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Temporary Variables: Chasing Temporaries Away

There are situations in C++ when it is good to return the result of a function by value rather than by reference. There is usually a price to be paid, however...unless the compiler can be made to help. Jun Nakamura explains.

Author Info:
By: J. Nakamura
Rating: 5 stars5 stars5 stars5 stars5 stars / 5
October 10, 2005
  1. · Temporary Variables: Chasing Temporaries Away
  2. · Return Value Optimization
  3. · Vector3 test
  4. · Details, details… what’s that… small print?
  5. · Help the compiler help you

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Temporary Variables: Chasing Temporaries Away - Vector3 test
(Page 3 of 5 )

Lest create two vectors to work with:

Vector3 vectB(“vectB”, 0.f, 0.f, 2.f);
Vector3 vectC(“vectC”, 3.f, 0.f, 5.f);

Which provide us with the expected output:

vectB – Constructed
vectC - Constructed

First we shall verify that the operator-= is as efficient as we’d expect it to be:

(void)printf(“\nTry -= operator to test reference efficiency.\n”);
Vector3 result1(vectB);
result1 -= vectC;

From the output this generates, we can deduce that we only need a constructor to construct ‘result1’ based on ‘vectB’ after which we only need to perform the subtraction to get our result. Apart from having to break a single statement into two separate ones, this looks like the perfect solution.

Try -= operator to test reference efficiency.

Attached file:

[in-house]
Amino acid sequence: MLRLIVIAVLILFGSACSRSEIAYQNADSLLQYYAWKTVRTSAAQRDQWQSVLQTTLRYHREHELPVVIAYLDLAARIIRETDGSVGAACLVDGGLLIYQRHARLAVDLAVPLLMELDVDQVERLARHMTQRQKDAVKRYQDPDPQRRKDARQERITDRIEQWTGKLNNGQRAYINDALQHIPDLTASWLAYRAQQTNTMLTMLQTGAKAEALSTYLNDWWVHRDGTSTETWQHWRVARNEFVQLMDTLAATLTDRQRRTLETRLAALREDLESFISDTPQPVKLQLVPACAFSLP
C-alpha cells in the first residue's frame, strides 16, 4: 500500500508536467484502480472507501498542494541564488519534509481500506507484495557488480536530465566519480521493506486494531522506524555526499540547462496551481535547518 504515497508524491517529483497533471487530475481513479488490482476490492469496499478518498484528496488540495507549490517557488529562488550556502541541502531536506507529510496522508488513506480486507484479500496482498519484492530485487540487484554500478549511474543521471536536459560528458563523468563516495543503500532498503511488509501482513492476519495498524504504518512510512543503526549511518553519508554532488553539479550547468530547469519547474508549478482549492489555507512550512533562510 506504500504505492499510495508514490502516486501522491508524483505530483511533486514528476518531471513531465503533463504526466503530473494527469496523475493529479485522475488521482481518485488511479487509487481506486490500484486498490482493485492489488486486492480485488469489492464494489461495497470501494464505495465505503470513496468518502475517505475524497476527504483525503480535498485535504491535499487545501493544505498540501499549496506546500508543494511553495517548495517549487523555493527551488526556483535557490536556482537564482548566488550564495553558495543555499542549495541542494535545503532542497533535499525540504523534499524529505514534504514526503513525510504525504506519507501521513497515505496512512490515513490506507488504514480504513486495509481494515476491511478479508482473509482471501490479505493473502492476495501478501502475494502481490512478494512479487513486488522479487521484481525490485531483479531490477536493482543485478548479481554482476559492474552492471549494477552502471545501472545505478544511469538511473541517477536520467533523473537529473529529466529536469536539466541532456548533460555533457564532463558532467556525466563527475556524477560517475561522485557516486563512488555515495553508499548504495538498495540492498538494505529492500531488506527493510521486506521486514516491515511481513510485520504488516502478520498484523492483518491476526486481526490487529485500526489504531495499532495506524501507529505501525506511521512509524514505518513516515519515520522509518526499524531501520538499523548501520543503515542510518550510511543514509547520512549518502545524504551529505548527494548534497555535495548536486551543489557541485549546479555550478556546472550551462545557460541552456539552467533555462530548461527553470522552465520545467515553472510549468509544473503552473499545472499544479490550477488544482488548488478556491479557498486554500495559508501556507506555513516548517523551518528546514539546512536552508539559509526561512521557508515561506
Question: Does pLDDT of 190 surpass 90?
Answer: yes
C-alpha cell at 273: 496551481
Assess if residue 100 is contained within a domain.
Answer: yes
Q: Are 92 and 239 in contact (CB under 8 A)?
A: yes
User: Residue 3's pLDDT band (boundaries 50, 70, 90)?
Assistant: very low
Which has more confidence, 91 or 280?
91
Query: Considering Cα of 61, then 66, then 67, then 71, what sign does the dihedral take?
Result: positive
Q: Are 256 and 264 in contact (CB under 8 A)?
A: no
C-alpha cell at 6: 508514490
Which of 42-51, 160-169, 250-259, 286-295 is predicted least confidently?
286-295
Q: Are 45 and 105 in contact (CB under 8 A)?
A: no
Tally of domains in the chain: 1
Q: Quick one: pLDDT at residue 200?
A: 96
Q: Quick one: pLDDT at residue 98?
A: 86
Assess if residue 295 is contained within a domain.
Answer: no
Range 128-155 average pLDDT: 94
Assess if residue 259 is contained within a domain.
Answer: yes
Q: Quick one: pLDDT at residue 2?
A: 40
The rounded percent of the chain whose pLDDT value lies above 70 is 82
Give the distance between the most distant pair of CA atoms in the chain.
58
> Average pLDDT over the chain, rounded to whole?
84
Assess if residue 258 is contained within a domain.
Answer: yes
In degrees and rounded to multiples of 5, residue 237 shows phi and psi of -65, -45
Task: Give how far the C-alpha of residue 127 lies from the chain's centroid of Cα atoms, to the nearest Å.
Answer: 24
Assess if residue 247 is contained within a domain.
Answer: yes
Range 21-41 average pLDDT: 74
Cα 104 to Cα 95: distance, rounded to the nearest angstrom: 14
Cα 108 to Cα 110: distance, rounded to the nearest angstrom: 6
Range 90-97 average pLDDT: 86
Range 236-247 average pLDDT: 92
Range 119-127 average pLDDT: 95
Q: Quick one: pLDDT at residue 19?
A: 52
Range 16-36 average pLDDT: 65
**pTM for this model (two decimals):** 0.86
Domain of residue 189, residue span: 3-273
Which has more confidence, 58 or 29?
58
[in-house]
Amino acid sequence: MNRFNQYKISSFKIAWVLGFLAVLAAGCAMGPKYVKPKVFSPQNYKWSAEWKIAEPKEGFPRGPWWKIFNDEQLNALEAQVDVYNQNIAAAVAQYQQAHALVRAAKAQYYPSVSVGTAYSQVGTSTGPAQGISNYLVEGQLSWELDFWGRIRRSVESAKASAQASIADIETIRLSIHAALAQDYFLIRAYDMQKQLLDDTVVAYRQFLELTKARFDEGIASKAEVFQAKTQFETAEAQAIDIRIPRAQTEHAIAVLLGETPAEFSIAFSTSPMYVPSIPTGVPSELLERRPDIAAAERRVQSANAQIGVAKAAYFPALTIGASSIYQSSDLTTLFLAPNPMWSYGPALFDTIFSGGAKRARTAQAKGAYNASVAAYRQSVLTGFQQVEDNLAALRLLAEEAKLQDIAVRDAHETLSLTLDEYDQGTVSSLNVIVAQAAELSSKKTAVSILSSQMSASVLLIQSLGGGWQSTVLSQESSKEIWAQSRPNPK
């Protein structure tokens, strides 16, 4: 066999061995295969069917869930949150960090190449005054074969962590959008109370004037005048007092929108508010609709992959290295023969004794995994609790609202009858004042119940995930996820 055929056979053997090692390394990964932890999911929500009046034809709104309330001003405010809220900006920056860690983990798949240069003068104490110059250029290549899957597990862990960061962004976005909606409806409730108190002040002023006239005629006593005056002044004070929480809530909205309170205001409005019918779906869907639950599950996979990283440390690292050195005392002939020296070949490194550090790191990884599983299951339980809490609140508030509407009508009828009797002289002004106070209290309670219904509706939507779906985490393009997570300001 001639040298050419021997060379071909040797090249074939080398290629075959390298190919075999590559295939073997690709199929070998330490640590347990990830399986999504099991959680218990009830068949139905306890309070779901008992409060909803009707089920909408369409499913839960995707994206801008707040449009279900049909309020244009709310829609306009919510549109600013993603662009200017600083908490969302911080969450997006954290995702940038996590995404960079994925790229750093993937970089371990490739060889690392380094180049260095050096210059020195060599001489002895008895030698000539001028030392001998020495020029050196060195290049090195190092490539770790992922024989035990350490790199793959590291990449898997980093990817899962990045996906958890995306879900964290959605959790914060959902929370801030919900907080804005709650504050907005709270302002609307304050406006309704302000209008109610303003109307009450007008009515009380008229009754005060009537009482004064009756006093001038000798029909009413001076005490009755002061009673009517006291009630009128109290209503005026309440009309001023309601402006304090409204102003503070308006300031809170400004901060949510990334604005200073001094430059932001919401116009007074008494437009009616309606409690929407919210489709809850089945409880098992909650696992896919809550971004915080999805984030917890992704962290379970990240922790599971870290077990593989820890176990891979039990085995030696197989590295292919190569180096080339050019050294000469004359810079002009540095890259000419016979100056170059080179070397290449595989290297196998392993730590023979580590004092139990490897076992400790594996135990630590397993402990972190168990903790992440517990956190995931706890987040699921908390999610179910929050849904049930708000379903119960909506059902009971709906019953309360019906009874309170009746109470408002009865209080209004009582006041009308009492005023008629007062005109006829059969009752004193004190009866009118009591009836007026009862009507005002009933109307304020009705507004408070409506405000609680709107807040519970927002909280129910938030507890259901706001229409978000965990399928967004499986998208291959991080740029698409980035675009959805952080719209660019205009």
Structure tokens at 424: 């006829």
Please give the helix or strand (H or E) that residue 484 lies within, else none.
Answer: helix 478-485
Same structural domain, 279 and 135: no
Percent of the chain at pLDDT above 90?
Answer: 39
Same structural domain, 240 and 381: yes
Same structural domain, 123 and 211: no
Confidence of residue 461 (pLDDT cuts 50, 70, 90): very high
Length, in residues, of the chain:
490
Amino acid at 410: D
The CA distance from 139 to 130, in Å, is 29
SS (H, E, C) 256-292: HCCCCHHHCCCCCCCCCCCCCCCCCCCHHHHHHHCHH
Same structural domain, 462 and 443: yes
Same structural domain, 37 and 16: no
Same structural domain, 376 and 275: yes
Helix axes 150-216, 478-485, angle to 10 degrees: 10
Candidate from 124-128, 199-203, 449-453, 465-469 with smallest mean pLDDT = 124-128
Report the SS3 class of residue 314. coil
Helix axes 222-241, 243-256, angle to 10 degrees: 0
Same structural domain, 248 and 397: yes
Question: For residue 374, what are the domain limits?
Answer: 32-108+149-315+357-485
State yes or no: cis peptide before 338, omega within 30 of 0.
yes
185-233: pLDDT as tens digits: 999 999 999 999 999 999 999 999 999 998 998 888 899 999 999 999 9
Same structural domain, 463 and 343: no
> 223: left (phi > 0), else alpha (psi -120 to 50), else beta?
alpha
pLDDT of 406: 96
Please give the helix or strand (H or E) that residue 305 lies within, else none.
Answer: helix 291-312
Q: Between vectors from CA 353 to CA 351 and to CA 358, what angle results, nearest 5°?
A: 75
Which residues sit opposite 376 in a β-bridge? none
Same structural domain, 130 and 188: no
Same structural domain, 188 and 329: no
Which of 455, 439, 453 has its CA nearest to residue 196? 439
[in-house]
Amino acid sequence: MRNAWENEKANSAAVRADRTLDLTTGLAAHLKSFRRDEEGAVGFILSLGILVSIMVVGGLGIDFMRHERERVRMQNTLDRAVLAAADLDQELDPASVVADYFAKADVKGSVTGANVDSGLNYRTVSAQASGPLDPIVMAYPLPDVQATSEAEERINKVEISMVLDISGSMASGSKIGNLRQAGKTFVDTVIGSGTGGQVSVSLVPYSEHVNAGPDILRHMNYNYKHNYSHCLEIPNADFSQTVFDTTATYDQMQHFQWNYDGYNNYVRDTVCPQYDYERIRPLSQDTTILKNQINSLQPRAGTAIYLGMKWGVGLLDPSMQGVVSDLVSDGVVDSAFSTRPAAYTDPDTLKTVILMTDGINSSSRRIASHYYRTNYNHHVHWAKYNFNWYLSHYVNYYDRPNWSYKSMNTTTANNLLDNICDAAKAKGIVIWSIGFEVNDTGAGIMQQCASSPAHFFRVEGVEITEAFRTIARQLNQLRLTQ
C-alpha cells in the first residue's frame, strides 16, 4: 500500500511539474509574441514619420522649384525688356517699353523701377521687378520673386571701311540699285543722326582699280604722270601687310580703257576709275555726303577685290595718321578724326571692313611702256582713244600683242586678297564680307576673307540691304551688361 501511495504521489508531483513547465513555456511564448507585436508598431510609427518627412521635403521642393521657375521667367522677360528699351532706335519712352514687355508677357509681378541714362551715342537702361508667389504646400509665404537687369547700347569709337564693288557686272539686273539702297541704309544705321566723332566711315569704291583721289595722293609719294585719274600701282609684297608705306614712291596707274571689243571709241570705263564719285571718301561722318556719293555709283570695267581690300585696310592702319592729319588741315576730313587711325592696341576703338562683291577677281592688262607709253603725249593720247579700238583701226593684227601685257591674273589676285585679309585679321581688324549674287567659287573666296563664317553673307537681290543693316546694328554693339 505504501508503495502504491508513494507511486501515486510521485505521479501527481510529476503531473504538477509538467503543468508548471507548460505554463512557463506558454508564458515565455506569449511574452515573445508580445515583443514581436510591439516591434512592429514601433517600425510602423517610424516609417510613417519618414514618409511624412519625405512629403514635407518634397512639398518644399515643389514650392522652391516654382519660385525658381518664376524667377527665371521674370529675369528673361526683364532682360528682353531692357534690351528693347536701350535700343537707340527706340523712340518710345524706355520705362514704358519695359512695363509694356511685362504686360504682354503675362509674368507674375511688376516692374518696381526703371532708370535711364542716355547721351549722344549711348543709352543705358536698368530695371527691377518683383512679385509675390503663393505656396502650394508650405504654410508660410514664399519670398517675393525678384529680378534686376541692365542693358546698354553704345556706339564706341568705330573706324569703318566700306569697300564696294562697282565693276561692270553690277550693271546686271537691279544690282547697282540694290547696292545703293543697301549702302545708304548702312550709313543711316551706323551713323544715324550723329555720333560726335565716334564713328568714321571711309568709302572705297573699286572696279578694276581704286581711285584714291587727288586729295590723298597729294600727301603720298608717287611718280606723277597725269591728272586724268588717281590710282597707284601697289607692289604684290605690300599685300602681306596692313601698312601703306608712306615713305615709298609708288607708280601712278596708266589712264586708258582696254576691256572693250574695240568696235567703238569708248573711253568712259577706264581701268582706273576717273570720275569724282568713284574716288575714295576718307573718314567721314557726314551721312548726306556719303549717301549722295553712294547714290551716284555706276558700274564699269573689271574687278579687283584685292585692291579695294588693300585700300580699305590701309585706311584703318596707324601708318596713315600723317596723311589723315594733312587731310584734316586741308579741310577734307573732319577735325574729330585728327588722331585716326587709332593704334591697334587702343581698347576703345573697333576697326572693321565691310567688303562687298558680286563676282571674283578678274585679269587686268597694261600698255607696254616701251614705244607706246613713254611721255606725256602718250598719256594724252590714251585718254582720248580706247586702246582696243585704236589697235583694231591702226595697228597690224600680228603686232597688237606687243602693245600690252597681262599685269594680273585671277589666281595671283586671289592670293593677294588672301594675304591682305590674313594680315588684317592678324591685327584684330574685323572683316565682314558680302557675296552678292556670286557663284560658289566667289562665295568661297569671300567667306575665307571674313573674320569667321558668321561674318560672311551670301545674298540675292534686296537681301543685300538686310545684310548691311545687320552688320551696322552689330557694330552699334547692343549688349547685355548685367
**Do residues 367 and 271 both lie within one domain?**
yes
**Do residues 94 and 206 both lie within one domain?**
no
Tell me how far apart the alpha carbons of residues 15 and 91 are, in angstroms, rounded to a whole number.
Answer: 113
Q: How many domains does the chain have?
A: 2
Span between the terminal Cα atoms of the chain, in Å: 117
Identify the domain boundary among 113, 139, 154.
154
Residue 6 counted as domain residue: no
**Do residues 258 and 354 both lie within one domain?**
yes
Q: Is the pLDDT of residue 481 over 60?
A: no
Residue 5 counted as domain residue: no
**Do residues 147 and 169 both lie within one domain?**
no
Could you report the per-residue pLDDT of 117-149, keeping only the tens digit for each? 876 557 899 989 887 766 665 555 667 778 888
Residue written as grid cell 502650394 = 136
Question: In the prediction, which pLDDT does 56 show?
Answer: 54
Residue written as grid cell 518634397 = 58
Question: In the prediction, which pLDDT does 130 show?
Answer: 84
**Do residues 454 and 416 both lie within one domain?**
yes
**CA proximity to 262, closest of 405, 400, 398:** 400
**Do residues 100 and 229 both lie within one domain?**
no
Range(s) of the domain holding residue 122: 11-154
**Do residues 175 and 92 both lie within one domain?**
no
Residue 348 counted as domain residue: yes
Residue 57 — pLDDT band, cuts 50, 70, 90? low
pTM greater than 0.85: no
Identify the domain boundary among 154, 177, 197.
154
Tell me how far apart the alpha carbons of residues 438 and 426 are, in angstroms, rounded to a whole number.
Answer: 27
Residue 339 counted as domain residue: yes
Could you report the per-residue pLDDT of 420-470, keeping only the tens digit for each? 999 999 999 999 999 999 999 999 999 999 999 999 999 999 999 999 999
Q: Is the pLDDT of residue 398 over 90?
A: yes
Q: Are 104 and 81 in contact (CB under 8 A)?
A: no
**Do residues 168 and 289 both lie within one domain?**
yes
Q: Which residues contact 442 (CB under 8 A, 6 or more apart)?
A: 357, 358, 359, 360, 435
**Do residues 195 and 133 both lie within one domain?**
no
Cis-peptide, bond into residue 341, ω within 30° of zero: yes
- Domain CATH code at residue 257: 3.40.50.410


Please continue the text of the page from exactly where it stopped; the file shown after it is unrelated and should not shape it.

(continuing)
‘copy of vectB’ – Copy Constructed.
‘copy of vectB’ -= vectC finished.
‘copy of vectB’ at (-3.0 0.0 –3.0)

Next we can test the operator+. Notice that the difference between the operator+ and the operator- lies purely in the fact that the result is a local variable in the former and a constructor argument in the latter.

(void)printf(“\nTry + operator to visualize temporary object.\n”);
Vector3 result2(vectB + vectC);

Still, this small difference has quite an impact on the code generated by the compiler. Luckily the compiler didn’t destroy the local result when it left the function's scope, otherwise we would have needed a temporary variable there. That would have brought an additional constructor and destructor call with it!

Try + operator to visualize temporary object.
local result – Constructed.
vectB + vectC finished.
‘copy of local result’ – Copy Constructed
local result - Destructed.
‘copy of local result’ at (3.0 0.0 7.0)

And just by returning the result by value through a constructor argument, we (or better yet the compiler) discover we are as efficient with the operator- as we are with the operator-= …

(void)printf(“\nTry – operator for return value optimization.\n”);
Vector3 result3(vectB – vectC);

Again we only need a constructor and the subtraction operations to come to our result. The difference here is that the subtraction is actually performed and finished before the construction of the final result –- which happens to have become the constructor argument itself. Very ingenious and efficient as well!

Try – operator for return value optimization.
VectB – vectC finished.
ctor arg – Constructed.
ctor arg at (-3.0 0.0 –3.0)

Nowadays compilers are becoming more complex, and it might be possible for them to discover that it is safe to apply ‘Return Value Optimization’ to your functions. It doesn’t hurt to give them a helping hand though; you’ve now seen the difference it can make.

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